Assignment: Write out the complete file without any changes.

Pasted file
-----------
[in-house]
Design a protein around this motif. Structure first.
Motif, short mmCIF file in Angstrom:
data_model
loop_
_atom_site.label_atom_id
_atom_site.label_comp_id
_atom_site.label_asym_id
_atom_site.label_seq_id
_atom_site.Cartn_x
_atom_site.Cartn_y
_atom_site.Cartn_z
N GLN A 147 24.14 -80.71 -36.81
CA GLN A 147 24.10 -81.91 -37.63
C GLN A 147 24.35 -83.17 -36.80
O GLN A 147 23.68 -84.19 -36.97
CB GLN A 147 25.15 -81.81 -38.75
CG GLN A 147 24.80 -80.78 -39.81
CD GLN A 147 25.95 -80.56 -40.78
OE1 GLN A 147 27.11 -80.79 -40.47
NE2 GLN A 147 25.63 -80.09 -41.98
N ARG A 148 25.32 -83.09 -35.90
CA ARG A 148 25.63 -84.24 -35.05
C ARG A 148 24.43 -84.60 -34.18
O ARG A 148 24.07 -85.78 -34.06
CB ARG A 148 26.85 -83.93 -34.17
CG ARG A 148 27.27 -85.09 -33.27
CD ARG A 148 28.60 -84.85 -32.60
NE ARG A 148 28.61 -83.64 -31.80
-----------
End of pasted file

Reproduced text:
[in-house]
Design a protein around this motif. Structure first.
Motif, short mmCIF file in Angstrom:
data_model
loop_
_atom_site.label_atom_id
_atom_site.label_comp_id
_atom_site.label_asym_id
_atom_site.label_seq_id
_atom_site.Cartn_x
_atom_site.Cartn_y
_atom_site.Cartn_z
N GLN A 147 24.14 -80.71 -36.81
CA GLN A 147 24.10 -81.91 -37.63
C GLN A 147 24.35 -83.17 -36.80
O GLN A 147 23.68 -84.19 -36.97
CB GLN A 147 25.15 -81.81 -38.75
CG GLN A 147 24.80 -80.78 -39.81
CD GLN A 147 25.95 -80.56 -40.78
OE1 GLN A 147 27.11 -80.79 -40.47
NE2 GLN A 147 25.63 -80.09 -41.98
N ARG A 148 25.32 -83.09 -35.90
CA ARG A 148 25.63 -84.24 -35.05
C ARG A 148 24.43 -84.60 -34.18
O ARG A 148 24.07 -85.78 -34.06
CB ARG A 148 26.85 -83.93 -34.17
CG ARG A 148 27.27 -85.09 -33.27
CD ARG A 148 28.60 -84.85 -32.60
NE ARG A 148 28.61 -83.64 -31.80